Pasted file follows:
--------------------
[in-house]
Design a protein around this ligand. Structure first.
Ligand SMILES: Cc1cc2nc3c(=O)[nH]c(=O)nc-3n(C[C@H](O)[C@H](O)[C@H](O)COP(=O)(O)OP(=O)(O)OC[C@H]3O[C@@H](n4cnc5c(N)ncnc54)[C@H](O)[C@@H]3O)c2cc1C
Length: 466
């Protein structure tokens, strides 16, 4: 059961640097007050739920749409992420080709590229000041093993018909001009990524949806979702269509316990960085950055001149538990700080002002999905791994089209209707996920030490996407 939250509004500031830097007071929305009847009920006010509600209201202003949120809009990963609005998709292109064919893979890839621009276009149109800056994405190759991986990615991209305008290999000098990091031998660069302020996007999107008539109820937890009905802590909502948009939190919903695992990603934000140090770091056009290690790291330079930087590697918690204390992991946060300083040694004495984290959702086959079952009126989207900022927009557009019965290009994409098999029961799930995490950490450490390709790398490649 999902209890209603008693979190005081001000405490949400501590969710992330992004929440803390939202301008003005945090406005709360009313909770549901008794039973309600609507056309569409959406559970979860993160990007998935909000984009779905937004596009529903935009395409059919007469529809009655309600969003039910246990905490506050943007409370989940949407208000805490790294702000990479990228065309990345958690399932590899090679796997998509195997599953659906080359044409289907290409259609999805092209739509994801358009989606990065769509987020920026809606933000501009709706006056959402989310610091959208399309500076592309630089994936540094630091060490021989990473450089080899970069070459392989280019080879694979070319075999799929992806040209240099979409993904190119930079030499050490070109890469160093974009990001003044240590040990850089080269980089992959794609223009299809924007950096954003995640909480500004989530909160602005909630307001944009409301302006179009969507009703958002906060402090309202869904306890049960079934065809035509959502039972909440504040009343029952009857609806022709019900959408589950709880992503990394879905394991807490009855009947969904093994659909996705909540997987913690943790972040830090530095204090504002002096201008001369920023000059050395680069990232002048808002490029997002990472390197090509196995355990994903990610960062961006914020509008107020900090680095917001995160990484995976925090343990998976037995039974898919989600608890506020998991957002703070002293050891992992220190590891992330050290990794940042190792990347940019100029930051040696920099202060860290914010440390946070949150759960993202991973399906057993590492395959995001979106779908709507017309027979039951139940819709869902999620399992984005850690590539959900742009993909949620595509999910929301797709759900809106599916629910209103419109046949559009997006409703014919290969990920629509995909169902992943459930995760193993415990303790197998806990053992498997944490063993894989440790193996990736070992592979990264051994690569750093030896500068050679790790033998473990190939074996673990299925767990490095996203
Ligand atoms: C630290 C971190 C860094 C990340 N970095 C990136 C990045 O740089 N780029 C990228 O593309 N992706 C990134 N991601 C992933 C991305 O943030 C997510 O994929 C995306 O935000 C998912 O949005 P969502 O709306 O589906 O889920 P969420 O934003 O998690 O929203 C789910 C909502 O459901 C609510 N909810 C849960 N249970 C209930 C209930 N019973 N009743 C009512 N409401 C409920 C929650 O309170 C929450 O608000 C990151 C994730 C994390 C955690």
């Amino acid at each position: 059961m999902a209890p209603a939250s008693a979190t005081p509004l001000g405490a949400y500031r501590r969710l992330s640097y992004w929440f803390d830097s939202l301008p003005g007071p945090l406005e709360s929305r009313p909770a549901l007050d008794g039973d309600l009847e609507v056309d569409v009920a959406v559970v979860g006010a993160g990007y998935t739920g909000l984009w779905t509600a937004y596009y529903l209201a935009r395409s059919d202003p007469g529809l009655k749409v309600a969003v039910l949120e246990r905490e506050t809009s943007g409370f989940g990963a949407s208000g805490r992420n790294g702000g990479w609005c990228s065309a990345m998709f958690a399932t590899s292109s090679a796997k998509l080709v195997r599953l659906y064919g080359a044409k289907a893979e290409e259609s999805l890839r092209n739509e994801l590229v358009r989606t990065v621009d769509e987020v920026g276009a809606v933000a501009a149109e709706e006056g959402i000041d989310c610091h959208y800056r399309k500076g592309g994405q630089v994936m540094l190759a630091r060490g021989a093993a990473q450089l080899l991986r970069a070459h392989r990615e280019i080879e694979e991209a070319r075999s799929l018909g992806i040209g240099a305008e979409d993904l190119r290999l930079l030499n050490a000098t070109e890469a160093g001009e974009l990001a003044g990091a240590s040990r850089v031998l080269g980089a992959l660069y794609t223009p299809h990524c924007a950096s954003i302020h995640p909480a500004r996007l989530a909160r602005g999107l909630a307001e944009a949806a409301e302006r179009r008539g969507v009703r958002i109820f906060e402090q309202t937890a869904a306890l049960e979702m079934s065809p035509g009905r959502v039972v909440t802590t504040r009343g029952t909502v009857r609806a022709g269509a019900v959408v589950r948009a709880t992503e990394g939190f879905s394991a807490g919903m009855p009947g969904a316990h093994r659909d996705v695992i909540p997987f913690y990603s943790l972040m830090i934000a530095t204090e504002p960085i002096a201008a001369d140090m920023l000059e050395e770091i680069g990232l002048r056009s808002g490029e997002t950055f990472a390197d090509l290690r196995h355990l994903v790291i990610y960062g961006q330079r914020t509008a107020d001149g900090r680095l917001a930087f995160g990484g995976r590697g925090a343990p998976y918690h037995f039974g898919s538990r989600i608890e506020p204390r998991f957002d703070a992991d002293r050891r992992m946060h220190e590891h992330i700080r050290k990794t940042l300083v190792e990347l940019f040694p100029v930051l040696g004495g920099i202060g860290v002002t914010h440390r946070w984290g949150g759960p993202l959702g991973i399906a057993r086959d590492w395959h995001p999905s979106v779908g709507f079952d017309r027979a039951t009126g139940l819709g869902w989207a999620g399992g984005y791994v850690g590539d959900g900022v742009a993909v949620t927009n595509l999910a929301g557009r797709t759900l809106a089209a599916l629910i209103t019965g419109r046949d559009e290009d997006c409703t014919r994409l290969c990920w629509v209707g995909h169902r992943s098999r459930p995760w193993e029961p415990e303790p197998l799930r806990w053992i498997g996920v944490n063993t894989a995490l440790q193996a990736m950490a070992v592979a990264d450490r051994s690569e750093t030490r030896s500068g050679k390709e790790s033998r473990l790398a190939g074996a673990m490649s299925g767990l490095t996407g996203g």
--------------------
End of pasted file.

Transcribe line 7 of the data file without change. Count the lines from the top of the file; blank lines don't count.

């Amino acid at each position: 059961m999902a209890p209603a939250s008693a979190t005081p509004l001000g405490a949400y500031r501590r969710l992330s640097y992004w929440f803390d830097s939202l301008p003005g007071p945090l406005e709360s929305r009313p909770a549901l007050d008794g039973d309600l009847e609507v056309d569409v009920a959406v559970v979860g006010a993160g990007y998935t739920g909000l984009w779905t509600a937004y596009y529903l209201a935009r395409s059919d202003p007469g529809l009655k749409v309600a969003v039910l949120e246990r905490e506050t809009s943007g409370f989940g990963a949407s208000g805490r992420n790294g702000g990479w609005c990228s065309a990345m998709f958690a399932t590899s292109s090679a796997k998509l080709v195997r599953l659906y064919g080359a044409k289907a893979e290409e259609s999805l890839r092209n739509e994801l590229v358009r989606t990065v621009d769509e987020v920026g276009a809606v933000a501009a149109e709706e006056g959402i000041d989310c610091h959208y800056r399309k500076g592309g994405q630089v994936m540094l190759a630091r060490g021989a093993a990473q450089l080899l991986r970069a070459h392989r990615e280019i080879e694979e991209a070319r075999s799929l018909g992806i040209g240099a305008e979409d993904l190119r290999l930079l030499n050490a000098t070109e890469a160093g001009e974009l990001a003044g990091a240590s040990r850089v031998l080269g980089a992959l660069y794609t223009p299809h990524c924007a950096s954003i302020h995640p909480a500004r996007l989530a909160r602005g999107l909630a307001e944009a949806a409301e302006r179009r008539g969507v009703r958002i109820f906060e402090q309202t937890a869904a306890l049960e979702m079934s065809p035509g009905r959502v039972v909440t802590t504040r009343g029952t909502v009857r609806a022709g269509a019900v959408v589950r948009a709880t992503e990394g939190f879905s394991a807490g919903m009855p009947g969904a316990h093994r659909d996705v695992i909540p997987f913690y990603s943790l972040m830090i934000a530095t204090e504002p960085i002096a201008a001369d140090m920023l000059e050395e770091i680069g990232l002048r056009s808002g490029e997002t950055f990472a390197d090509l290690r196995h355990l994903v790291i990610y960062g961006q330079r914020t509008a107020d001149g900090r680095l917001a930087f995160g990484g995976r590697g925090a343990p998976y918690h037995f039974g898919s538990r989600i608890e506020p204390r998991f957002d703070a992991d002293r050891r992992m946060h220190e590891h992330i700080r050290k990794t940042l300083v190792e990347l940019f040694p100029v930051l040696g004495g920099i202060g860290v002002t914010h440390r946070w984290g949150g759960p993202l959702g991973i399906a057993r086959d590492w395959h995001p999905s979106v779908g709507f079952d017309r027979a039951t009126g139940l819709g869902w989207a999620g399992g984005y791994v850690g590539d959900g900022v742009a993909v949620t927009n595509l999910a929301g557009r797709t759900l809106a089209a599916l629910i209103t019965g419109r046949d559009e290009d997006c409703t014919r994409l290969c990920w629509v209707g995909h169902r992943s098999r459930p995760w193993e029961p415990e303790p197998l799930r806990w053992i498997g996920v944490n063993t894989a995490l440790q193996a990736m950490a070992v592979a990264d450490r051994s690569e750093t030490r030896s500068g050679k390709e790790s033998r473990l790398a190939g074996a673990m490649s299925g767990l490095t996407g996203g």